TORONTO, April 4, 2017 /CNW/ - Ontario's doctors are concerned that the provincial government is limiting necessary discussion on Bill 87, an omnibus heath-care bill, which makes amendments to 10 different pieces of legislation. As with Bill 41, the government is closing Second Reading debate for Bill 87 early, and after only allowing ten hours to consider significant changes that may have unintended consequences.
"While doctors support the intent of Bill 87 to address the issue of sexual abuse of patients, it also contains many distressing elements that could negatively affect the provision of patient care, as well as Band-Aid solutions that unnecessarily increase red-tape," said Dr. Rachel Forman, Ontario Medical Association spokesperson. "Instead of working with doctors to develop solutions that protect patients and address system challenges, the government continues to operate in a silo."
The results of government acting without the input of stakeholders are slowly being revealed in the implementation of Bill 41 – growing bureaucracy without any additional resources for patient care.
Doctors foresee the government's proposed changes in Bill 87 will weaken the health-care system for patients. Bill 87 fundamentally erodes fairness and natural justice for physicians at the CPSO level, and as a result, may put front-line providers in a position where they are afraid to perform certain aspects of the physical exam because they will not be afforded due process.
"We are also alarmed that the government wants to gain access to the personal health information of individual doctors," said Dr. Forman. "The government has provided no clear purpose for this power or limits on when or how much information they can access. Physicians and other health-care providers are also patients and are entitled to a reasonable expectation of privacy."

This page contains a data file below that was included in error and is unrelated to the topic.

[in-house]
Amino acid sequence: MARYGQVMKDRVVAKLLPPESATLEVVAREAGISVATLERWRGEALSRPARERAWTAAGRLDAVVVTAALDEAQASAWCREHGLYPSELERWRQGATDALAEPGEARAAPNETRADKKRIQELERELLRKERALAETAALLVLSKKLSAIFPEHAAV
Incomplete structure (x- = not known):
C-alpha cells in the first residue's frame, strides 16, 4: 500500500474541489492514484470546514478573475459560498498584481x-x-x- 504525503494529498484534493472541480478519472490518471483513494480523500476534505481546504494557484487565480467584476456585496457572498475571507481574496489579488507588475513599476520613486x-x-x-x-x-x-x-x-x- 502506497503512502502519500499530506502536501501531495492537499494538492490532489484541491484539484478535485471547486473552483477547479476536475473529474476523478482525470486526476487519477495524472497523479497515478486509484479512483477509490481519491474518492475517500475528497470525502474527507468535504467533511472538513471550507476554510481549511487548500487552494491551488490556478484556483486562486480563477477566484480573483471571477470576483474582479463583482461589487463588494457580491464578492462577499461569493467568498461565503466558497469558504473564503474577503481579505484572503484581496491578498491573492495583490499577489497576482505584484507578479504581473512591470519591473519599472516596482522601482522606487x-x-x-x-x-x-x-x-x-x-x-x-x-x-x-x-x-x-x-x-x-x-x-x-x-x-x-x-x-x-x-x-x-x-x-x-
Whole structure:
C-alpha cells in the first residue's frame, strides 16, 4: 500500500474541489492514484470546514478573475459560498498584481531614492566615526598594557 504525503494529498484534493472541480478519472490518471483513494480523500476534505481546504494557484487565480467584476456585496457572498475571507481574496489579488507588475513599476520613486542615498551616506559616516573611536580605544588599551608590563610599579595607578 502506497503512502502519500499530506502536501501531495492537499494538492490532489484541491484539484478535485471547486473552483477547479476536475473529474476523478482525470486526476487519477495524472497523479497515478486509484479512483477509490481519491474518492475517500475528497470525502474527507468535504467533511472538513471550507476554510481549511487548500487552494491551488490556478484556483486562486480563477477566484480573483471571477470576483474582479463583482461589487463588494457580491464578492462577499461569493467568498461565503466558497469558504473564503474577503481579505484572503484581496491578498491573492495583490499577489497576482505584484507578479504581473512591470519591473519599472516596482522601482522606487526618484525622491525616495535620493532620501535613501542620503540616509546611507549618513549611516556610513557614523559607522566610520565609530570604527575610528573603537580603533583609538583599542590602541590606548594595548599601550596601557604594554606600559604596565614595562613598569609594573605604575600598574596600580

Bill 87 introduces administrative changes with unintended consequences, such as more paper-work for doctors for immunization reporting and surveillance, instead of prioritizing a fully operable immunization registry. As well, the introduction of new compliance requirements around 'Specimen Collection Centres' creates unnecessary bureaucracy. These changes will make it harder for doctors to offer specimen collection services (such as blood, urine, saliva) to patients. The introduction of new compliance requirements might make providing the service unsustainable in community clinics.
"Despite the government's disregard for physician expertise regarding the health-care system and patient care, we will continue to advocate for Bill 87 to be stopped so that changes can be made," said Dr. Forman. "Our health-care system won't function properly until doctors can be at the table with government to make the changes necessary to safeguard patients and improve care."
SOURCE Ontario Medical Association
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